Johannesburg - Glencore [JSE:GLN] is among companies considering bidding for Chevron's South African assets after a proposed sale to China Petroleum & Chemical Corporation stalled when local partners said they will exercise a preemptive right, according to two people familiar with the matter.
China Petroleum said in March it agreed to pay $900m (approximately R11.7bn at the time) for Chevron’s 75% stake in the assets, which include Chevron’s oil refinery in Cape Town and its network of petrol stations.
The action by Chevron’s black economic empowerment partners, who own the remaining 25 percent of the assets, has re-opened the sales process, said the people, who asked not to be named because the information isn’t public. There’s at least one other potential bidder in addition to Glencore, the people said.
A Glencore spokesperson said the company doesn’t comment on market speculation, while a Chevron spokesperson declined to comment citing a confidentiality agreement covering the sales process. Representatives from BEE partners African Legend Investments and Lithemba Investments, meanwhile, couldn’t be reached for comment.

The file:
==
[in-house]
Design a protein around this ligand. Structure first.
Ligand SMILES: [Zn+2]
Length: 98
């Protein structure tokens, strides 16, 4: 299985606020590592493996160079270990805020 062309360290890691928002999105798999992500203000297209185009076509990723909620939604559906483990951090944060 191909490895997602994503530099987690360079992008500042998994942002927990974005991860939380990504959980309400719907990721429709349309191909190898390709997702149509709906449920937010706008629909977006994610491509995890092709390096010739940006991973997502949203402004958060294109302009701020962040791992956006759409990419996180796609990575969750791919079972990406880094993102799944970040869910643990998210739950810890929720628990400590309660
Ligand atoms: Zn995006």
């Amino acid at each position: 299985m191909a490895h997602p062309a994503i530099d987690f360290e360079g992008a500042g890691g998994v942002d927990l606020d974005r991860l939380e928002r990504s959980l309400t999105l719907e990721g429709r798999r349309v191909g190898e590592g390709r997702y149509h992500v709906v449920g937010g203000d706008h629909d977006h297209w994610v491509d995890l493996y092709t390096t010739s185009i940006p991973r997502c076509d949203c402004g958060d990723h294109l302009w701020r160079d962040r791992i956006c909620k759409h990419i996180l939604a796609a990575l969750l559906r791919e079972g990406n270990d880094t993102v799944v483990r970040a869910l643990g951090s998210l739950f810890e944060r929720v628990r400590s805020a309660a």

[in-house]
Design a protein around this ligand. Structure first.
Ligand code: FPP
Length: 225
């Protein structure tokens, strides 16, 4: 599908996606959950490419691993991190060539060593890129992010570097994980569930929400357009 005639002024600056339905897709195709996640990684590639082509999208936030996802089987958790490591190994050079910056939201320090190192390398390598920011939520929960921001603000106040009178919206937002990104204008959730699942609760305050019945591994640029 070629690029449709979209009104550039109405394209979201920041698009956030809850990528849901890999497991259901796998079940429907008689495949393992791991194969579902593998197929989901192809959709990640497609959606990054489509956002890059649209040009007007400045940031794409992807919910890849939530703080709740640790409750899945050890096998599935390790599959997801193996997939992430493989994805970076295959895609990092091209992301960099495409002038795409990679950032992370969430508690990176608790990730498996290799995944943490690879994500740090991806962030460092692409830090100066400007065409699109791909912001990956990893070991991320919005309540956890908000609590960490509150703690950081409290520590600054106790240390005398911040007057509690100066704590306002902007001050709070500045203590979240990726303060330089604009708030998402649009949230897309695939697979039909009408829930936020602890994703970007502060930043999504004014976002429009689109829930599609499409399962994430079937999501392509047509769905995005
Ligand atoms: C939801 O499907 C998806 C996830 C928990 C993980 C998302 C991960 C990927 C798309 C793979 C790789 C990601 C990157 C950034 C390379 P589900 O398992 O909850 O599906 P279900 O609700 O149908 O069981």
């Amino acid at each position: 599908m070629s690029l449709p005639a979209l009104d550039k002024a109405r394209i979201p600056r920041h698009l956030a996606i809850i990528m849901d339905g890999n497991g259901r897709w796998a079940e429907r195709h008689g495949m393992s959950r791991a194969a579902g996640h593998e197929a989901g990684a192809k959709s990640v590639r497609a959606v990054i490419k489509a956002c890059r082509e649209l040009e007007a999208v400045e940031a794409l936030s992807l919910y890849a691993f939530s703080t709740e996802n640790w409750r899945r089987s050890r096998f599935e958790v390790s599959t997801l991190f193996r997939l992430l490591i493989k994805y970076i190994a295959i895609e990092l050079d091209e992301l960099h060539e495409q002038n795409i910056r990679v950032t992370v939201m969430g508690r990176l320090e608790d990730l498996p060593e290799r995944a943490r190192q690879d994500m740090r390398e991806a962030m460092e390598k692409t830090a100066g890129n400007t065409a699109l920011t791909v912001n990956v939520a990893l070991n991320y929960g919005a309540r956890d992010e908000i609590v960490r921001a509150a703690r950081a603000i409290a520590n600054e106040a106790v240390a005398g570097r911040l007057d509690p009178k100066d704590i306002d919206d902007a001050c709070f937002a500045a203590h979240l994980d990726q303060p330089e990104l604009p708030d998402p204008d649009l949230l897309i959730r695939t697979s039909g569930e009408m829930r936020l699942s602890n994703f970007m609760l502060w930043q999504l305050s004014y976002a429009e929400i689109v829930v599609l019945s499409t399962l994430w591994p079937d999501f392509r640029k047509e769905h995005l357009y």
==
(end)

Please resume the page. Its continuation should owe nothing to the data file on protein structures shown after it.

China Petroleum, known as Sinopec, had agreed to buy Chevron’s holding in the South African assets as part of its plan to expand in international markets. The business includes the 100 000 barrel-a-day refinery in Cape Town, a lubricants-manufacturing facility in Durban, and a network of more than 800 petrol stations in South Africa and Botswana.
Sinopec representatives didn’t immediately respond to requests for comment.
Vitol Group, the world’s biggest independent oil trader, French oil major Total SA, and Swiss commodity trader Gunvor had previously expressed interest in the operations, people familiar with the matter said in December.
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